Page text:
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Video Tutorial - Myofascial Release Back Massage




Transcript:


Hi, I'm Jesse. I've been a Licensed Massage Therapist for 5 years and my back and wrists feel better than ever today. I'm going to show you how I've protected them by sitting down, and my favorite Myofascial Release techniques for the back.


[Music]


So this is what you need to understand to protect your wrists as a massage therapist: If I'm trying to do deep pressure on the back, and I'm standing like this, my wrists are perpendicular. This is a bad angle because all of my pressure is going straight into my carpals, which is really going to stress my wrist out, and create injury. But if I simply sit down, now my wrists are straight, so all of my pressure flows through my arm bones, my carpals, and my hand, and more of that force lands on my client. So our pressure is going across the body, a shearing force, which is going to create maximum tissue stretch with minimal compression.


We're going to start broad, warming up the tissues. So this is wringing, using my whole hand to go from one side of the back to the other... and you can see, even though I'm sitting down, I'm still using my body. I have my feet on the ground and I'm rotating my hips and shoulders.


I'm not using any lotion or oil here to help me keep my grip, so it's more fascial, we're really pulling through that connective tissue to get to deeper tissue. You can go right over the shoulderblades. Let the tissue ripple up in the middle there, that's a sign that you have good engagement. If I want to get more specific with this opposite side, it really takes my wrists into flexion, so I'm going to stand to neutralize the angle of my wrist again, and then I can wring the left side of her body.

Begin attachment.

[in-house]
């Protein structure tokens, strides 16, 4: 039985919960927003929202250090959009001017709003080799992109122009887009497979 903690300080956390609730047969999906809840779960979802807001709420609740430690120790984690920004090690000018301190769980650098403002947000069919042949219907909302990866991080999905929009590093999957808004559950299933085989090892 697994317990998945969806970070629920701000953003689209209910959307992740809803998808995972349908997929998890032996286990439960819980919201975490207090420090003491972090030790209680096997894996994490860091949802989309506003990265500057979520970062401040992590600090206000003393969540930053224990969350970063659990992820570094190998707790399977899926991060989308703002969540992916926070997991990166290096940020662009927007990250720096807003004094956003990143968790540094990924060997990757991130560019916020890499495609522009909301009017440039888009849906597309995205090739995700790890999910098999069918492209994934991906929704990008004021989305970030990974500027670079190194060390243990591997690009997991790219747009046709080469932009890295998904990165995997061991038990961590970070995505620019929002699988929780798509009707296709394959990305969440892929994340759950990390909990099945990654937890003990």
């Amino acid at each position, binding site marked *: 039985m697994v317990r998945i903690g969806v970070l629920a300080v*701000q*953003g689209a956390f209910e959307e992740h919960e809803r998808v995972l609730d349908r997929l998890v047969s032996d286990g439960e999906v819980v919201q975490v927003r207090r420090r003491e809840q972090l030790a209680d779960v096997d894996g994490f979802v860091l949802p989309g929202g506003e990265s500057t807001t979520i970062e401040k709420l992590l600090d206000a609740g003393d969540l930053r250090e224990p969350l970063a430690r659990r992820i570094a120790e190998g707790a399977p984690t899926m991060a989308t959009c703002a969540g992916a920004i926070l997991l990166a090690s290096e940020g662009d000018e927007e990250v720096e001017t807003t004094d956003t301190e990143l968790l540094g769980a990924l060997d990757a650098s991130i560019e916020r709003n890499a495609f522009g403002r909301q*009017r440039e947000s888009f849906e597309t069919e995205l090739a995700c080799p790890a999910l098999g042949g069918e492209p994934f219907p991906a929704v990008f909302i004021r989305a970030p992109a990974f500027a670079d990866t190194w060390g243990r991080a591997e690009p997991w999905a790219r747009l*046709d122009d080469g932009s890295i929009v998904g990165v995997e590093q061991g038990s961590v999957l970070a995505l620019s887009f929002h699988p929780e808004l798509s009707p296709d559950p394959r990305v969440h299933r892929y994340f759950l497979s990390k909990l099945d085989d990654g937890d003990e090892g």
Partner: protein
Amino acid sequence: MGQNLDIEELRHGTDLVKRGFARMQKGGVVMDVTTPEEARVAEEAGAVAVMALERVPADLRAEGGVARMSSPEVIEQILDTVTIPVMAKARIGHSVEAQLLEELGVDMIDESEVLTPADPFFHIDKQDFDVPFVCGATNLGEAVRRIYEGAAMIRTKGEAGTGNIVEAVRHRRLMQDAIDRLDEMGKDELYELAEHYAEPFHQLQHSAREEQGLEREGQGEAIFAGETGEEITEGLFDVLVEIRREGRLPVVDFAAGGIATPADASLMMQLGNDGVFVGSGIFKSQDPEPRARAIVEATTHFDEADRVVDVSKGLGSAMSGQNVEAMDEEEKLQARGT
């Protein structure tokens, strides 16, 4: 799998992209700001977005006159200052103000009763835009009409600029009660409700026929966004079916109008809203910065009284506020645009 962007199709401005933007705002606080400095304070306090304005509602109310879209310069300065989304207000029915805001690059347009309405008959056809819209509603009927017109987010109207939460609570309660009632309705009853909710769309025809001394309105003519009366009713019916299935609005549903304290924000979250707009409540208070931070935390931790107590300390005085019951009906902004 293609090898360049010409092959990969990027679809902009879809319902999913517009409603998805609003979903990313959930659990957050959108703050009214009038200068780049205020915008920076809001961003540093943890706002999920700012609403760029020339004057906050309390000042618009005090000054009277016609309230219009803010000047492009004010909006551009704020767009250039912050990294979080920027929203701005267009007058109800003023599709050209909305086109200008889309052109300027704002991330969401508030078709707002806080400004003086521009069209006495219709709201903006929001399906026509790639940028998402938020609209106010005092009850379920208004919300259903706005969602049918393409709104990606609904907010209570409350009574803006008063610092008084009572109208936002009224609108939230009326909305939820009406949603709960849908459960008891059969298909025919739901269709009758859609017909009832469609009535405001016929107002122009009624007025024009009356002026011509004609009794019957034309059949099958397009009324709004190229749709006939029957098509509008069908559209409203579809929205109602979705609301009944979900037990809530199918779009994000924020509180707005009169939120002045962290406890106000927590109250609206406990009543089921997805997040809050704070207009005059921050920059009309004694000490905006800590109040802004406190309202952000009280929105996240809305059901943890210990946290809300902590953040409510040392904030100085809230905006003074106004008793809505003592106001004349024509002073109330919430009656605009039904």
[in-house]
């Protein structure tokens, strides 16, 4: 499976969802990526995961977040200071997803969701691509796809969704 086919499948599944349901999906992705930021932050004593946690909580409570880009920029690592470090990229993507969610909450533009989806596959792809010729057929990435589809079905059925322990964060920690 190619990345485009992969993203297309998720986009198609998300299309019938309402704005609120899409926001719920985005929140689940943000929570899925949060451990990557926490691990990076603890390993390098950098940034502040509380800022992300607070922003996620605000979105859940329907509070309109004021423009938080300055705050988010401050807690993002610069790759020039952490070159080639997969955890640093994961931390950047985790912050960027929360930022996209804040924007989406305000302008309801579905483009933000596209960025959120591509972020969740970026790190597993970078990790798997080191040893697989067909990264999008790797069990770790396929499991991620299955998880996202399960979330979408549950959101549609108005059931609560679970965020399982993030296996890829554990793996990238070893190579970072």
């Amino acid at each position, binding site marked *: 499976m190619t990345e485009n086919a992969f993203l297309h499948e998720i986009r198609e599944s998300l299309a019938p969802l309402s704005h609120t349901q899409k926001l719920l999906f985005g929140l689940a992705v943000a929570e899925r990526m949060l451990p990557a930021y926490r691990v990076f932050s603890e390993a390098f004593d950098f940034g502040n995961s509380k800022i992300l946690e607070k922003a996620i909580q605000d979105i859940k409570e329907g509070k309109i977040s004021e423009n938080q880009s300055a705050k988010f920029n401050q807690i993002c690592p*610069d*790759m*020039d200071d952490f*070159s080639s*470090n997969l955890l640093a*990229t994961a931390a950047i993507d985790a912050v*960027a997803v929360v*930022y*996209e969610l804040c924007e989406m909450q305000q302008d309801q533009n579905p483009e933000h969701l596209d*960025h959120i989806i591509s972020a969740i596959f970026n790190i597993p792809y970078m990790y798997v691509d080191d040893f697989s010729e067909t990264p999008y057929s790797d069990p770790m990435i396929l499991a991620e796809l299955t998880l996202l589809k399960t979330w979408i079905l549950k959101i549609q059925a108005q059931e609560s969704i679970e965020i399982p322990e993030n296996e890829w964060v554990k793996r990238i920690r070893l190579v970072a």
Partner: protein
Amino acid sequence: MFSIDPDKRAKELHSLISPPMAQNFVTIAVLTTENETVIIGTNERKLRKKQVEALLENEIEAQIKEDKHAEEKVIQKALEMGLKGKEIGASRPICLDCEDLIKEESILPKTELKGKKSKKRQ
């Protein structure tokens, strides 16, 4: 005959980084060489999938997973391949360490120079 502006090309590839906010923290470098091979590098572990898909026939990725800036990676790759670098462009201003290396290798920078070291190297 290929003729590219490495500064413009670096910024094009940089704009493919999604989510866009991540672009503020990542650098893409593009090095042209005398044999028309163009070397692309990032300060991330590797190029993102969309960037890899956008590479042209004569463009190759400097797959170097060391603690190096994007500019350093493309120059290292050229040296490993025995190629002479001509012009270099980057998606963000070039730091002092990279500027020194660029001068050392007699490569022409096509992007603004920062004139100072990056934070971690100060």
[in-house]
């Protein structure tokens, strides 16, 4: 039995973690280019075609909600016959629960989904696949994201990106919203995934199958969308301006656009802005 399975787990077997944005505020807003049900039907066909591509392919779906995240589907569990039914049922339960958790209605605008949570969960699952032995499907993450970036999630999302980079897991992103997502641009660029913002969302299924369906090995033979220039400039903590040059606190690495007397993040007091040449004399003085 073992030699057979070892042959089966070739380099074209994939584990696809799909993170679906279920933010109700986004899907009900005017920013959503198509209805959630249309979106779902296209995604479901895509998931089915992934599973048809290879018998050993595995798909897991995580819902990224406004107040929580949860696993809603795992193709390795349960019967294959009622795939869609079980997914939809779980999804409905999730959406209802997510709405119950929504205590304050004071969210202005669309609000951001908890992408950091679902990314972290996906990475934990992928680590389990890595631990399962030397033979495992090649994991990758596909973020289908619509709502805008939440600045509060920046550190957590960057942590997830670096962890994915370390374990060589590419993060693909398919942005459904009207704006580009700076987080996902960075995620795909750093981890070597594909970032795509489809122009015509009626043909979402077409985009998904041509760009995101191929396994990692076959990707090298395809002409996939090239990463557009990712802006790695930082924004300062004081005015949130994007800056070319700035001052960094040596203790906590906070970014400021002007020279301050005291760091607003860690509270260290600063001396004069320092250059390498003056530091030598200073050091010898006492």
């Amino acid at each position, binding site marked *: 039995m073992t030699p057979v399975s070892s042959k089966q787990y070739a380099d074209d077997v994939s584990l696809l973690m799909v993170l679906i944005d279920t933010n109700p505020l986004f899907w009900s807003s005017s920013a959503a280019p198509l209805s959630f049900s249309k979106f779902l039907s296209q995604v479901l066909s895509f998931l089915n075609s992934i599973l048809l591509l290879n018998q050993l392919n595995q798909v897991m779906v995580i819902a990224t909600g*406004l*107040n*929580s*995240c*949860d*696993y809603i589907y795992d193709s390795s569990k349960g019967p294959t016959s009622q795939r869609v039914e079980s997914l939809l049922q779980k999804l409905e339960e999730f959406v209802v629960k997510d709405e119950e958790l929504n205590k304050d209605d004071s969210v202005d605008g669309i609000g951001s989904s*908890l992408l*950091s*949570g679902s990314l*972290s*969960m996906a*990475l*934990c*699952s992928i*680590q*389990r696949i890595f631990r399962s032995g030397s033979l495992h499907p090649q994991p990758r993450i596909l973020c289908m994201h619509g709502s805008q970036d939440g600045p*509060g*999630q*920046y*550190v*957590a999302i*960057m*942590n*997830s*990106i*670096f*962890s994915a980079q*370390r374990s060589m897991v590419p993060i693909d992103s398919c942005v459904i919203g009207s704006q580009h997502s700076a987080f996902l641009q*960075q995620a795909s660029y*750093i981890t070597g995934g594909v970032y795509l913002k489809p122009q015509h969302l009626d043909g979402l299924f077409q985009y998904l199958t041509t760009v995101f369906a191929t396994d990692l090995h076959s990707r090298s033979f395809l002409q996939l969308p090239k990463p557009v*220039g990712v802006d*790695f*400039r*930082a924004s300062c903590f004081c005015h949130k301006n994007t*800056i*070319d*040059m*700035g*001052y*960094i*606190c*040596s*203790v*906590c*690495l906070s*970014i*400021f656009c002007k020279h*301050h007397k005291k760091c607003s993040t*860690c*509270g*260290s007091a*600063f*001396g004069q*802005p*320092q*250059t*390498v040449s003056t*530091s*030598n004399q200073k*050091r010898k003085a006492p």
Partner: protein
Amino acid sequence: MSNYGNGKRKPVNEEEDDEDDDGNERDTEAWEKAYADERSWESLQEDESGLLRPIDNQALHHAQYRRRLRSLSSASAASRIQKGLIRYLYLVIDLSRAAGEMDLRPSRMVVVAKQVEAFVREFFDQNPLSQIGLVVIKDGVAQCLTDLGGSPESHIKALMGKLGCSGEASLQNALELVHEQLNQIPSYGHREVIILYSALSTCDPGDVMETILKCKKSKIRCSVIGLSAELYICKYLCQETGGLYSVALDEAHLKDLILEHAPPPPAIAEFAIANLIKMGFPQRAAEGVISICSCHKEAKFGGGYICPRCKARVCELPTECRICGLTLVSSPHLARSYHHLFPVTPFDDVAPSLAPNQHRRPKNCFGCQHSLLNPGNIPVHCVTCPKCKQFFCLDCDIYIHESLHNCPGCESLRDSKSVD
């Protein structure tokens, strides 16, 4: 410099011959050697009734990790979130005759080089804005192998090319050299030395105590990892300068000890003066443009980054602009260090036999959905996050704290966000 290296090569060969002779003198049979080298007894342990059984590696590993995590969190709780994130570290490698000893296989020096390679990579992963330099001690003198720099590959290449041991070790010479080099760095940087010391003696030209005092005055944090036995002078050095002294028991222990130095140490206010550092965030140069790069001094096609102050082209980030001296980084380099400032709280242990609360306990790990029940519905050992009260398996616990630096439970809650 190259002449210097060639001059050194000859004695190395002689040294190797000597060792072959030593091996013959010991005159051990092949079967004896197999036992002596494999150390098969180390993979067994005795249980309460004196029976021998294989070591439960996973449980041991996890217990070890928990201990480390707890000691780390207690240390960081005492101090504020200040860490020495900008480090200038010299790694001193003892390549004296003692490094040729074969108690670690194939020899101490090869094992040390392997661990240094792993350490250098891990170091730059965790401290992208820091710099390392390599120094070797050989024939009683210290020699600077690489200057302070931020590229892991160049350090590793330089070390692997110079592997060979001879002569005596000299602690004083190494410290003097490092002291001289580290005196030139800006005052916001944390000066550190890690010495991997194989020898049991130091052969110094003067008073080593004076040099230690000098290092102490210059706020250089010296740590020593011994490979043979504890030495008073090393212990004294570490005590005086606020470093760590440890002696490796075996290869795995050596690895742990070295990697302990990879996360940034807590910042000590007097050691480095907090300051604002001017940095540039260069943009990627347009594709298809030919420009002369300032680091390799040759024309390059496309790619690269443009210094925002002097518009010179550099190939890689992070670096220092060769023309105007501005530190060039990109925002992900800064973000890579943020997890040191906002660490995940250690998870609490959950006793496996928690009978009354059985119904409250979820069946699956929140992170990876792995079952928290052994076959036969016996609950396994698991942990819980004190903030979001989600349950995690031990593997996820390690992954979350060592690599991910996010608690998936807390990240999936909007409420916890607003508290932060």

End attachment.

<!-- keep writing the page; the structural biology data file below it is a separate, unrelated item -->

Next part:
But we're focused on seated techniques today. So, to work on the same side, if I was trying to do wringing here my wrists are really at a sharp angle and that's not going to feel good to me. So I'll move over here, and then I can point my wrists up the body, and there's still a tiny bit of an angle but it's much much better. I'm trying to keep my fingers pointed in the direction of my pressure. So same side wringing, using my whole hand, lifting up the tissue like a petrissage, decompressing and kneading, really good warm up... I can take it right over the shoulder here and push and pull on the upper traps. My inner hand is gliding through the rhomboids, my fingertips are curled to maintain some pressure.


I can use my fingertips here to ring back and forth through the ESGs (Erector Spinae Group), one side at a time. So when I'm here over the spine, I feel the spinous process, I'm hooking my fingers and creating a dead stop. That's my anchor. And then with my other hand, I'm pushing tissue into it to get that maximum ripple and squeeze, and then my hands trade places and I do it again.